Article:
All information Copyright, Cranfield University © 2017

Citation: To use information from this web resource in your work, please cite this as follows:
Cranfield University 2017. The Soils Guide. Available: www.landis.org.uk. Cranfield University, UK. Last accessed 16/12/2017

0813c FLADBURY 2

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Soil and site characteristics

Stoneless clayey soils variably affected by groundwater some with sandy subsoils. Some similar fine loamy soils. Flat land. Risk of flooding.

Geology

River alluvium

Cropping and Land Use

Stock rearing on permanent grassland; cereals where flood risk low.

Component soil series

Subgroup Series name Percentage WRB 2006 link
8.13 FLADBURY 40% Clayic Fluvic Eutric Gleysols
8.13 STIXWOULD 25% Fluvic Clayic Eutric Gleysols
5.62 TRENT 20% Eutric Fluvic Endogleyic Cambisols

Covers 303 km2 in England and Wales

Soilscapes Classification

20
Loamy and clayey floodplain soils with naturally high groundwater

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0813c FLADBURY 2

Detailed Description

This association, developed in greyish and brownish alluvium, consists of mottled clayey soils, Fladbury and Stixwould series, and subsidiary loamy soils, Trent series. It occurs on the flat floodplains of the River Trent and its tributaries and along several smaller rivers and streams in Lincolnshire. Fladbury series belongs to the pelo-alluvial gley soils and has a mottled, slowly permeable, clayey subsoil. Stixwould soils are similar but pass into coarse loamy or sandy glaciofluvial material within 80 cm depth. Trent series (gleyic brown alluvial soils) is fine loamy, relatively permeable and has no grey mottling in the upper 40 cm. It is found on slightly raised parts of the Trent floodplain.

These soils are mapped along the Trent from Gainsborough upstream as far as Rugeley, along the Dove to Uttoxeter, the Tame to Tamworth and the Soar to Leicester. In total they cover 178 km². From Newark upstream as far as Alrewas and along the Dove and Tame there are few Stixwould but many Trent soils and occasional Alun or Wharfe soils on levees. Between Burton upon Trent and Tamworth on low terraces within the floodplain, soils similar to Trent series, but over gravel, are common. Downstream from Newark there are few Trent soils but occasionally on low terraces some Arrow soils are included. Stockwith soils (Reeve and Thomasson 1981) occur near Gainsborough where the clayey alluvium has a thin superficial silty layer of marine alluvium. Trent soils are also rare on the Soar floodplain and along the Trent north-west of Alrewas. In the latter area, Stixwould soils and similar soils over gravel are dominant locally. In the Idle valley north of East Retford most soils are Stixwould series, many having coarse material within 40 cm of the surface. Small fans of reddish Compton soils occur locally where streams draining adjacent Triassic lowlands join the main floodplain.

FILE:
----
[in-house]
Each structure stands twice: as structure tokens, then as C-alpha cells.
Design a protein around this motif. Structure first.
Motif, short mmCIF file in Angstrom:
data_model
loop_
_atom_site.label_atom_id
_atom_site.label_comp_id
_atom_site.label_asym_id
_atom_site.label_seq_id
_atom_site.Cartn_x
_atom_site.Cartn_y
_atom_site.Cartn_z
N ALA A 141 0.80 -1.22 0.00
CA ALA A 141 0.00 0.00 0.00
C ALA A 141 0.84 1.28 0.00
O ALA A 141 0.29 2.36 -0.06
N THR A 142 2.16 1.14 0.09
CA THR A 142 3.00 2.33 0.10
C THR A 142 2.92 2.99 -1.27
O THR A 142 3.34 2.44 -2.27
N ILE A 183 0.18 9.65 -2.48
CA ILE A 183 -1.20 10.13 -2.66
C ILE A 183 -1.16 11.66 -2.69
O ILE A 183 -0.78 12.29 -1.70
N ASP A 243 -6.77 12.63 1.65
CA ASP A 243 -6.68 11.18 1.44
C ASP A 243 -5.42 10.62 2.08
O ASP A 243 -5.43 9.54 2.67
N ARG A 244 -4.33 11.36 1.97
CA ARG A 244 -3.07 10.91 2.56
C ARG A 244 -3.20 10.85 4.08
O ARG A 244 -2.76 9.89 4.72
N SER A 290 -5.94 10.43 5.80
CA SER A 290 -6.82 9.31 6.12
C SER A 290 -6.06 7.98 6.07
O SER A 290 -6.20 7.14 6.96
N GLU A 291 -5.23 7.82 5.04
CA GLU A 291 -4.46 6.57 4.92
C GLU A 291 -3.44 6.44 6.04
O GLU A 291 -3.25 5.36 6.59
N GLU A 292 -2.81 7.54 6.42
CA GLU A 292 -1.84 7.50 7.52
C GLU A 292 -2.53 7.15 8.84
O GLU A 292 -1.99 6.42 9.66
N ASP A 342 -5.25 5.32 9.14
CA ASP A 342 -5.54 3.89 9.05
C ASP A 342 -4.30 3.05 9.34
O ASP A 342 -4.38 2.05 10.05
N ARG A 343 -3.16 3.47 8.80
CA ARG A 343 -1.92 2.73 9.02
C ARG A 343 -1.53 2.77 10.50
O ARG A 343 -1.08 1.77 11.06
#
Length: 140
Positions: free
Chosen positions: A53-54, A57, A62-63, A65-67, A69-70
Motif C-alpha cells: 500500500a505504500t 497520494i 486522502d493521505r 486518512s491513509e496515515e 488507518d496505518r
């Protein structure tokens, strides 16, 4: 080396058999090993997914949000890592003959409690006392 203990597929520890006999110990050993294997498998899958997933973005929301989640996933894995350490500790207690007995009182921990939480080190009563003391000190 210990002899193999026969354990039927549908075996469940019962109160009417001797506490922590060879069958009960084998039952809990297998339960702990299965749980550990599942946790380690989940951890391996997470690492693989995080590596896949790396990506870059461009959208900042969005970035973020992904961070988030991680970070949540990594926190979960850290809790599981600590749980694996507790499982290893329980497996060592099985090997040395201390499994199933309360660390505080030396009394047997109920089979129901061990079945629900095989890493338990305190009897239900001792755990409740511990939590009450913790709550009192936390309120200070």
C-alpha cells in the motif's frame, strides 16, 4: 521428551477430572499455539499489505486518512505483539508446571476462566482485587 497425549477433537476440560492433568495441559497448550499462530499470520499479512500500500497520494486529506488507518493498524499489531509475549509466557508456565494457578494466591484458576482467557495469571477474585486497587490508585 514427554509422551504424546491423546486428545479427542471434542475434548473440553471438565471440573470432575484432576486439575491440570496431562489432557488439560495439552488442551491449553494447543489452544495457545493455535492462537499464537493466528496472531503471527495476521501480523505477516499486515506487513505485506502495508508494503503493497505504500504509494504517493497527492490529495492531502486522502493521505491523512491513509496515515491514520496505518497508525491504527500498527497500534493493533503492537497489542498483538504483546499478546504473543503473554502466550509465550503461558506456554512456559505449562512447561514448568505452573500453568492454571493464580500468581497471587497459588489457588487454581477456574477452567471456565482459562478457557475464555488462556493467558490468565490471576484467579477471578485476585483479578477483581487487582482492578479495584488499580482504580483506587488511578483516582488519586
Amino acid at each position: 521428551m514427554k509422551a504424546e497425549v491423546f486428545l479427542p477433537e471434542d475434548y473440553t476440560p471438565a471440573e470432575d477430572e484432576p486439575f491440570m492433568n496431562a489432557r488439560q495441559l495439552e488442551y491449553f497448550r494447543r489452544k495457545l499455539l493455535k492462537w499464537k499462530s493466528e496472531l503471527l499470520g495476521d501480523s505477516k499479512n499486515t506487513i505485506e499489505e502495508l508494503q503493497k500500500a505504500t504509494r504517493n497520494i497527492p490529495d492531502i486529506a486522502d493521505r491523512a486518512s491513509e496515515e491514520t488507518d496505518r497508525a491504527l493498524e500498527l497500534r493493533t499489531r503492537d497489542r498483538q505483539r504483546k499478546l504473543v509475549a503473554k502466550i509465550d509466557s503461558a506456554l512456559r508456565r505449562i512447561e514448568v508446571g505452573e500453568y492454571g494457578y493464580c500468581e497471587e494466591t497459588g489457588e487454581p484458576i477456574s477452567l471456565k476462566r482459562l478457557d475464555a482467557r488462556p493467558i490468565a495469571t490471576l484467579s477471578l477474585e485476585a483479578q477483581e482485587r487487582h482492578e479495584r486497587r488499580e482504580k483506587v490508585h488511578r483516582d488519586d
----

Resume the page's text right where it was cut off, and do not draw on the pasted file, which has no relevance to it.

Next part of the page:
In Lincolnshire the association consists almost entirely of Fladbury and Stixwould series and covers 117 km². Fladbury soils dominate the Trent floodplain between Dunham Bridge and Gainsborough and the Witham alluvium from Grantham to Lincoln. Near Claypole, many Fladbury soils contain buried topsoils and there are local inclusions of Midelney and Thames series. Along the small streams draining into the River Witham, east of Lincoln, Stixwould series is dominant. The association is found in the Till valley north-west of Lincoln, the Bain valley and along the middle and upper reaches of the Great Eau and Steeping River. Where the Bain valley narrows upstream, Conway and Kettlebottom soils are common.